GS1 Ireland, the local member organisation of GS1, the global supply chain standards body, has called on the retail and food sector to continue its commitments to increase efficiency and reduce risks in the supply chain by availing of the significant benefits now possible with the introduction of its next generation barcode, called the DataBar.
This latest version of the more familiar but older GS1 Barcode, first introduced over 30 years ago, is smaller than its predecessor, and yet can contain more useful information, such as ‘best-before’ dates, place of origin, coupon processing etc. As a result, the new DataBar can be placed on very small items, and is particularly suited for identifying for example, fresh produce and loose individual pieces of fruit and vegetables, all scannable at the point of sale.
In addition to the business benefits, such as improved stock rotation and reduced shrinkage, the GS1 DataBar will significantly enhance traceabililty in a complex supply chain like the food industry in particular. Harnessing next-generation barcode standards ensures a more rigorous supply chain for the tracking and tracing of goods, and enables retailers to easily and quickly block the sale of recalled items.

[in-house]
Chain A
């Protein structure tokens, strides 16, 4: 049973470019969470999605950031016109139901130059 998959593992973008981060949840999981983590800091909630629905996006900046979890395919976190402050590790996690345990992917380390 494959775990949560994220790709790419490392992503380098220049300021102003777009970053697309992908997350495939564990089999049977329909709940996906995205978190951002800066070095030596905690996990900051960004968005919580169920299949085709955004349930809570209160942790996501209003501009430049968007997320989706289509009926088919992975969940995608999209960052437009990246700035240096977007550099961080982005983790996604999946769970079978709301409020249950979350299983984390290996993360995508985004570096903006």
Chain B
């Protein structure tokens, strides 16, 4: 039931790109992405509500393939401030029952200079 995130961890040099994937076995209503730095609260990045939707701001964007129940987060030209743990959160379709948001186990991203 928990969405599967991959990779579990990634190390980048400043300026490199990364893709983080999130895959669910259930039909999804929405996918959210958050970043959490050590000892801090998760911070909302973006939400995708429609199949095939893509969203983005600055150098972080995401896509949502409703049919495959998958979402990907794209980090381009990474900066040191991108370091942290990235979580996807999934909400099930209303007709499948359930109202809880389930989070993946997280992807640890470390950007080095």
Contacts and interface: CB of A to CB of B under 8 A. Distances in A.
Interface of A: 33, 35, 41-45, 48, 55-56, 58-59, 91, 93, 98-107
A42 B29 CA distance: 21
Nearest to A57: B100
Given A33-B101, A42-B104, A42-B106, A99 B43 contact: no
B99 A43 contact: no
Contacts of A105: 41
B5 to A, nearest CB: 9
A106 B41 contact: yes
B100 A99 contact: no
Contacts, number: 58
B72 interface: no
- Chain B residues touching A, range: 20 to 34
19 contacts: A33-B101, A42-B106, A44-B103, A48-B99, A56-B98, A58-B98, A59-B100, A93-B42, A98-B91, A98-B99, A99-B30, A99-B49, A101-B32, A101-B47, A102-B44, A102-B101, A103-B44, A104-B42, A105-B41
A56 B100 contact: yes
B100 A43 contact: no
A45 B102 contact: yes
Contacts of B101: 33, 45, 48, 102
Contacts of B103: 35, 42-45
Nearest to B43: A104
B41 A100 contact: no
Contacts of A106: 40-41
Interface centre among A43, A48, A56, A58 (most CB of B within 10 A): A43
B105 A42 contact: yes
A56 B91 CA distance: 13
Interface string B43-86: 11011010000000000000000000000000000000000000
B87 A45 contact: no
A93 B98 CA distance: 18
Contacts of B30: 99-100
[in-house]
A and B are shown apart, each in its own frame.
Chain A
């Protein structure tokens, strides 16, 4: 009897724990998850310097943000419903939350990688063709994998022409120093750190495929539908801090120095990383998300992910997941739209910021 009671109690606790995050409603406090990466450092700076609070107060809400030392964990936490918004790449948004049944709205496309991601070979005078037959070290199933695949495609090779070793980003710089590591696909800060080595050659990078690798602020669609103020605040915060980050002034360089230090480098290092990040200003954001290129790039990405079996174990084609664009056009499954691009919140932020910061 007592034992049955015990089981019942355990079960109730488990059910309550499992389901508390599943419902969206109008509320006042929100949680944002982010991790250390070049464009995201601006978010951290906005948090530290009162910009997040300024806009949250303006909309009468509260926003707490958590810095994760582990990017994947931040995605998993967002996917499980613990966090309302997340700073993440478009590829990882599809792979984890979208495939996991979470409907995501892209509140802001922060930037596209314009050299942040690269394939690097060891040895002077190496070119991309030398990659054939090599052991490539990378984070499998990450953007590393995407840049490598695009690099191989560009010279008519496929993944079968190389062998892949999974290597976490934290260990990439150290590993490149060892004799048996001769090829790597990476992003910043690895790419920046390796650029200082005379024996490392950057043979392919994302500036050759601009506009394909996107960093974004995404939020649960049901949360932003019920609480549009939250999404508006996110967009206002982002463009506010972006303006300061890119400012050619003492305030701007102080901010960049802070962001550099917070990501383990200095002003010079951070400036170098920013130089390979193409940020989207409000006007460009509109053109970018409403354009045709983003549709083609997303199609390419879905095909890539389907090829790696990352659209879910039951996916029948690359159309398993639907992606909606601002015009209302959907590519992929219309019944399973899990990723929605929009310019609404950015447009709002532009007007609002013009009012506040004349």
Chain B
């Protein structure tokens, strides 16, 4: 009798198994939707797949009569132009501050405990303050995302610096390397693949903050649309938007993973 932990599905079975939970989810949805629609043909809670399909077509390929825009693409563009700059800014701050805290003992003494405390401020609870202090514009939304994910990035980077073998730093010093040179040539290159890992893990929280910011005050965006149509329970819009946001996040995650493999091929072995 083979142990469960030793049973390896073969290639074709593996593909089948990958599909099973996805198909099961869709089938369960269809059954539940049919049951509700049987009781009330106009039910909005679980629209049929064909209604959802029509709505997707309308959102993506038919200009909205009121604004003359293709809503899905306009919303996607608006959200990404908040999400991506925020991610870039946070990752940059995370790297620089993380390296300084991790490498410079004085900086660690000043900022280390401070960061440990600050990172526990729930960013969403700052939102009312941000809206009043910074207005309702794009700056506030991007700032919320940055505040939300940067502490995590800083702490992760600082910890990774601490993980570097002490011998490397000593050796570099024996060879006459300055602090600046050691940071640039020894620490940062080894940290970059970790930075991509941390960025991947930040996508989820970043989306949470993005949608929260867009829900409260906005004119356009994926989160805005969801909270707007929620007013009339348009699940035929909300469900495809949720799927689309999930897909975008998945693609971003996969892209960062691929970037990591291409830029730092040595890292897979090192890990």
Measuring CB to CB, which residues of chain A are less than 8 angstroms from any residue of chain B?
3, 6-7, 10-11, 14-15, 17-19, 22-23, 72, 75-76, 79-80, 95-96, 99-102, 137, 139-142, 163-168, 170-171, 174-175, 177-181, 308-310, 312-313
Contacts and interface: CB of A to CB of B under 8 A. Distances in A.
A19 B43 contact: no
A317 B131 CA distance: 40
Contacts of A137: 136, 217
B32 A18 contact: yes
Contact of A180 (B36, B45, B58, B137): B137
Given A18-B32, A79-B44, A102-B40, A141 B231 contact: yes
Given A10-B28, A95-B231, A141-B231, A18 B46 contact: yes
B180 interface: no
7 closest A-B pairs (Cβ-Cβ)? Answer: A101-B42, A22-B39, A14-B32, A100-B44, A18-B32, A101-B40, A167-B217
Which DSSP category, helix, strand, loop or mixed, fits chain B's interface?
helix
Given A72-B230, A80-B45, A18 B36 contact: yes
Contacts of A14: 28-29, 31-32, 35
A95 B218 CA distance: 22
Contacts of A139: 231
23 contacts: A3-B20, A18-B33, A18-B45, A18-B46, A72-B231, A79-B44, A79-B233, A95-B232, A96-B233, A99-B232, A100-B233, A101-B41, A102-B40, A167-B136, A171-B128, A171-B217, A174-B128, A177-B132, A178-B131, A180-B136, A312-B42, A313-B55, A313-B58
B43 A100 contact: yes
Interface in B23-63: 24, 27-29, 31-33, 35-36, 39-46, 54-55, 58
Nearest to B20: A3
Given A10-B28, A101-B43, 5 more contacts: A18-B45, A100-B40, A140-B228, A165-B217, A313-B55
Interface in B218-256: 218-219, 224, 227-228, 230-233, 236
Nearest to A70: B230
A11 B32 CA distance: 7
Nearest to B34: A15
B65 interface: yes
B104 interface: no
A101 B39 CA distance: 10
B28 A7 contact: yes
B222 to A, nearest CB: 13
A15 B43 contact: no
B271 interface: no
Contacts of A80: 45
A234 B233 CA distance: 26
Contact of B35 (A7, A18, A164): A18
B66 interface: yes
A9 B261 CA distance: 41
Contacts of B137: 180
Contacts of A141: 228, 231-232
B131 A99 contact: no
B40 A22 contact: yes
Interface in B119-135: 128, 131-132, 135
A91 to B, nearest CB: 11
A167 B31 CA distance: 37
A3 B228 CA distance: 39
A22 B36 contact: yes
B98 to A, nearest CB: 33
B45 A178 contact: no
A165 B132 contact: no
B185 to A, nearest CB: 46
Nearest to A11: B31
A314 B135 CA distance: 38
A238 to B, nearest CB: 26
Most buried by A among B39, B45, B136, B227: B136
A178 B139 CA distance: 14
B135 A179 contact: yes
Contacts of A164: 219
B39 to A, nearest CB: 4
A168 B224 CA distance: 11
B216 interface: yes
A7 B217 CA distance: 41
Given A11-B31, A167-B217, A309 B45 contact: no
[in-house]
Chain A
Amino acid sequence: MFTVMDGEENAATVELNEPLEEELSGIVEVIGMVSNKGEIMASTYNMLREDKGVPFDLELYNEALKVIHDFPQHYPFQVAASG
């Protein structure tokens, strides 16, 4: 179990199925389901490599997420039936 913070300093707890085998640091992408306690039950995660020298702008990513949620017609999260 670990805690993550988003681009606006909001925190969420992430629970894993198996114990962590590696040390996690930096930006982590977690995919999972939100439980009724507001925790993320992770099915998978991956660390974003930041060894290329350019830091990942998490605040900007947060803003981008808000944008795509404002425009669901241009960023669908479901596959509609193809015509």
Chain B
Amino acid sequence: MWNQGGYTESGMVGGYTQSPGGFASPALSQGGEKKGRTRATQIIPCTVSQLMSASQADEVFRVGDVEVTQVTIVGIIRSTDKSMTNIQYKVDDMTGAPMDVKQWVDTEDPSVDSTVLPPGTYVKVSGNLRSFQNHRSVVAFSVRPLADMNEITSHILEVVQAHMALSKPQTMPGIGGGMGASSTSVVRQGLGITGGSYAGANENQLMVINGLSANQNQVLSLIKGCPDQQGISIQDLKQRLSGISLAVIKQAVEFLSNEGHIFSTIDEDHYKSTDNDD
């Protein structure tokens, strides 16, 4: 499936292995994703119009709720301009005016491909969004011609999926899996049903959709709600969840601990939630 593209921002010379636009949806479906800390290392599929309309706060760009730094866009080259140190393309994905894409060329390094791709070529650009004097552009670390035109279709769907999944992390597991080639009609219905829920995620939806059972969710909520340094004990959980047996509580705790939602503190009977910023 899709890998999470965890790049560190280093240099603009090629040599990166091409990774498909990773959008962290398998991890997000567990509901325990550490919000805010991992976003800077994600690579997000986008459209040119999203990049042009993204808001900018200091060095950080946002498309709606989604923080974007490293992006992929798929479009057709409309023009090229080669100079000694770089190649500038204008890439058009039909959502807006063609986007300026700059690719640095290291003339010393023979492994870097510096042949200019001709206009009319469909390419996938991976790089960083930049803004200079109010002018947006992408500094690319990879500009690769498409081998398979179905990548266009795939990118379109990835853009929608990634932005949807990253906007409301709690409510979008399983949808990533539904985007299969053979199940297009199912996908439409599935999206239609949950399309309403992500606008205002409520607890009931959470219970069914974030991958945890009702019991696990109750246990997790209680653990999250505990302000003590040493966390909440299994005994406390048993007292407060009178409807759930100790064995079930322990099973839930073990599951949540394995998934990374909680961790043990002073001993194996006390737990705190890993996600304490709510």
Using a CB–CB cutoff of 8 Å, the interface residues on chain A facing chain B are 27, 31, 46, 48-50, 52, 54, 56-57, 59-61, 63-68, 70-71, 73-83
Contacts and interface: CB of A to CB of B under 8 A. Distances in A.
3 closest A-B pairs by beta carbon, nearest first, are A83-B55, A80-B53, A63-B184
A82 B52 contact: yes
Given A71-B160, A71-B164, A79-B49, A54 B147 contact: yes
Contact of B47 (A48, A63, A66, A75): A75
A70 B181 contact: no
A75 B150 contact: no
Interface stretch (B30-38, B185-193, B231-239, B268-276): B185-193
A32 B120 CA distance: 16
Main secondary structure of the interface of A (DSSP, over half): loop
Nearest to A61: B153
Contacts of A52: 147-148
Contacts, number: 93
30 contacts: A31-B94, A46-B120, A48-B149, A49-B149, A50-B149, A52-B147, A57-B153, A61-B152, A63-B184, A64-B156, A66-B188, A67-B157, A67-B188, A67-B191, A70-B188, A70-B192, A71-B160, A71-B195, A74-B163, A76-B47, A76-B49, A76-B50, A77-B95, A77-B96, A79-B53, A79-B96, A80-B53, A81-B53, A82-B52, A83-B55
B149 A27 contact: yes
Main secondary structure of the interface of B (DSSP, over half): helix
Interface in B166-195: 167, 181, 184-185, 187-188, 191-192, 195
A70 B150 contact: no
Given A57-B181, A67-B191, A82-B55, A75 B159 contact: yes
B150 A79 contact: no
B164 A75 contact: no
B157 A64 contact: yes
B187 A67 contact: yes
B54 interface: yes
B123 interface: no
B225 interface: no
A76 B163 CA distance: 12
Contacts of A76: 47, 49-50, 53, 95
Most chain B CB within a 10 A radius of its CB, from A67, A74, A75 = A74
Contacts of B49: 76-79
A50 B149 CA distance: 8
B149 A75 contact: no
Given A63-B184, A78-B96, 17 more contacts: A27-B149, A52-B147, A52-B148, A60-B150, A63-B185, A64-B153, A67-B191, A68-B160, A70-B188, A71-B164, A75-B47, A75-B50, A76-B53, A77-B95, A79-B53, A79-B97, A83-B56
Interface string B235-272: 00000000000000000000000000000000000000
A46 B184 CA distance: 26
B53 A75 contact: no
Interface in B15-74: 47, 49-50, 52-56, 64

This ability to more effectively track and trace the product at every step of the supply chain is particularly timely, given the latest series of food contamination scares we are currently witnessing. These particular crises highlight even more, the need for a significant tightening up of the identification, tracking and tracing of our food products right up to the point of sale. The common issue underpinning all recalls is the ability to accurately identify the affected products and securely withdraw them from sale.
Speaking on GS1’s solution for more effective fresh produce management and recall systems, Jim Bracken, chief executive, GS1 Ireland, said: “If the GS1 DataBar was deployed using standardised scanning solutions at all stages of the supply chain, downstream operators would have critical traceability information available in their own IT systems and be quickly able to identify contaminated batches. Then if a product slipped through to the shelf, the batch information encoded in the DataBar would alert the retailer at the point of sale.”
Specifically in relation to the new GS1 DataBar, he said: “By carrying more information than the previous GS1 barcodes, and ensuring that all parties involved are using the same global standards, there is a real opportunity to revolutionise supply chain visibility.”
In 2010, GS1 in collaboration with Globeweigh Group and Irish meat processing firm, Feile Foods, successfully completed the implementation of a GS1 DataBar on their meat products at the Point of Sale (POS).